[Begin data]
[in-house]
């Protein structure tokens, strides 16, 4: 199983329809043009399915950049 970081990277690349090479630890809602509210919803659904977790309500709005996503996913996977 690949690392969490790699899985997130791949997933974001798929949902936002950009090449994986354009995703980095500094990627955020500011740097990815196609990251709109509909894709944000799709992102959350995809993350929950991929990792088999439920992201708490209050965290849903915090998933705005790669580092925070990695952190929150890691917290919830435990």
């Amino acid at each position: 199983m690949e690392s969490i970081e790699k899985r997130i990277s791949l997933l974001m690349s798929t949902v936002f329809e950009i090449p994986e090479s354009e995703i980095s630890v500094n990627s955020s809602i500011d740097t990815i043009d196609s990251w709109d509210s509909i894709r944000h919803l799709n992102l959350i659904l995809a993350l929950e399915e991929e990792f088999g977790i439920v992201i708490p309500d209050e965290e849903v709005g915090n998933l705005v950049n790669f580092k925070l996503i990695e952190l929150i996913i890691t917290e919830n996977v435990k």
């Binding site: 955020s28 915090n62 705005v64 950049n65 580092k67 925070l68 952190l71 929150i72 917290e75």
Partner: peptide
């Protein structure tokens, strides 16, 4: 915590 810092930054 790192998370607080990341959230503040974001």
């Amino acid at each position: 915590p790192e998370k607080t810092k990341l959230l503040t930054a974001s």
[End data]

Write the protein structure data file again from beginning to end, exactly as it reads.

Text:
[in-house]
């Protein structure tokens, strides 16, 4: 199983329809043009399915950049 970081990277690349090479630890809602509210919803659904977790309500709005996503996913996977 690949690392969490790699899985997130791949997933974001798929949902936002950009090449994986354009995703980095500094990627955020500011740097990815196609990251709109509909894709944000799709992102959350995809993350929950991929990792088999439920992201708490209050965290849903915090998933705005790669580092925070990695952190929150890691917290919830435990």
């Amino acid at each position: 199983m690949e690392s969490i970081e790699k899985r997130i990277s791949l997933l974001m690349s798929t949902v936002f329809e950009i090449p994986e090479s354009e995703i980095s630890v500094n990627s955020s809602i500011d740097t990815i043009d196609s990251w709109d509210s509909i894709r944000h919803l799709n992102l959350i659904l995809a993350l929950e399915e991929e990792f088999g977790i439920v992201i708490p309500d209050e965290e849903v709005g915090n998933l705005v950049n790669f580092k925070l996503i990695e952190l929150i996913i890691t917290e919830n996977v435990k």
């Binding site: 955020s28 915090n62 705005v64 950049n65 580092k67 925070l68 952190l71 929150i72 917290e75």
Partner: peptide
């Protein structure tokens, strides 16, 4: 915590 810092930054 790192998370607080990341959230503040974001």
């Amino acid at each position: 915590p790192e998370k607080t810092k990341l959230l503040t930054a974001s």